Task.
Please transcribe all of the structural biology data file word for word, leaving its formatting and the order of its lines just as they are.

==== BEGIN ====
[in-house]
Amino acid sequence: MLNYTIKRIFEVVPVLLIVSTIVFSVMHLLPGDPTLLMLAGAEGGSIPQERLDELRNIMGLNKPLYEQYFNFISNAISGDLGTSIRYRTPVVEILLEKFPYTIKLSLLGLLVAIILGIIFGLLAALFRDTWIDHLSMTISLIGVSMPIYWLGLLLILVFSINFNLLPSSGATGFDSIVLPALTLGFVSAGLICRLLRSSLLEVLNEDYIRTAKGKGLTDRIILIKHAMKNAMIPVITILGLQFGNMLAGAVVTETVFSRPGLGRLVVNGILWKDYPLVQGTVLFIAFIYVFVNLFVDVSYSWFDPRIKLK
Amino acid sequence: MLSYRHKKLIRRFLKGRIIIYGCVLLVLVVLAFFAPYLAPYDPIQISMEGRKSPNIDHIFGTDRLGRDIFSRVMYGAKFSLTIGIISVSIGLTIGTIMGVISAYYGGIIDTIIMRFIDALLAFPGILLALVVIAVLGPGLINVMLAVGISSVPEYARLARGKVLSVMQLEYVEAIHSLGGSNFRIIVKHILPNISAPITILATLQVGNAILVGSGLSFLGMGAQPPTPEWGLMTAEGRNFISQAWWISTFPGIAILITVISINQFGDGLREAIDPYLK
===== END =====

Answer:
[in-house]
Amino acid sequence: MLNYTIKRIFEVVPVLLIVSTIVFSVMHLLPGDPTLLMLAGAEGGSIPQERLDELRNIMGLNKPLYEQYFNFISNAISGDLGTSIRYRTPVVEILLEKFPYTIKLSLLGLLVAIILGIIFGLLAALFRDTWIDHLSMTISLIGVSMPIYWLGLLLILVFSINFNLLPSSGATGFDSIVLPALTLGFVSAGLICRLLRSSLLEVLNEDYIRTAKGKGLTDRIILIKHAMKNAMIPVITILGLQFGNMLAGAVVTETVFSRPGLGRLVVNGILWKDYPLVQGTVLFIAFIYVFVNLFVDVSYSWFDPRIKLK
Amino acid sequence: MLSYRHKKLIRRFLKGRIIIYGCVLLVLVVLAFFAPYLAPYDPIQISMEGRKSPNIDHIFGTDRLGRDIFSRVMYGAKFSLTIGIISVSIGLTIGTIMGVISAYYGGIIDTIIMRFIDALLAFPGILLALVVIAVLGPGLINVMLAVGISSVPEYARLARGKVLSVMQLEYVEAIHSLGGSNFRIIVKHILPNISAPITILATLQVGNAILVGSGLSFLGMGAQPPTPEWGLMTAEGRNFISQAWWISTFPGIAILITVISINQFGDGLREAIDPYLK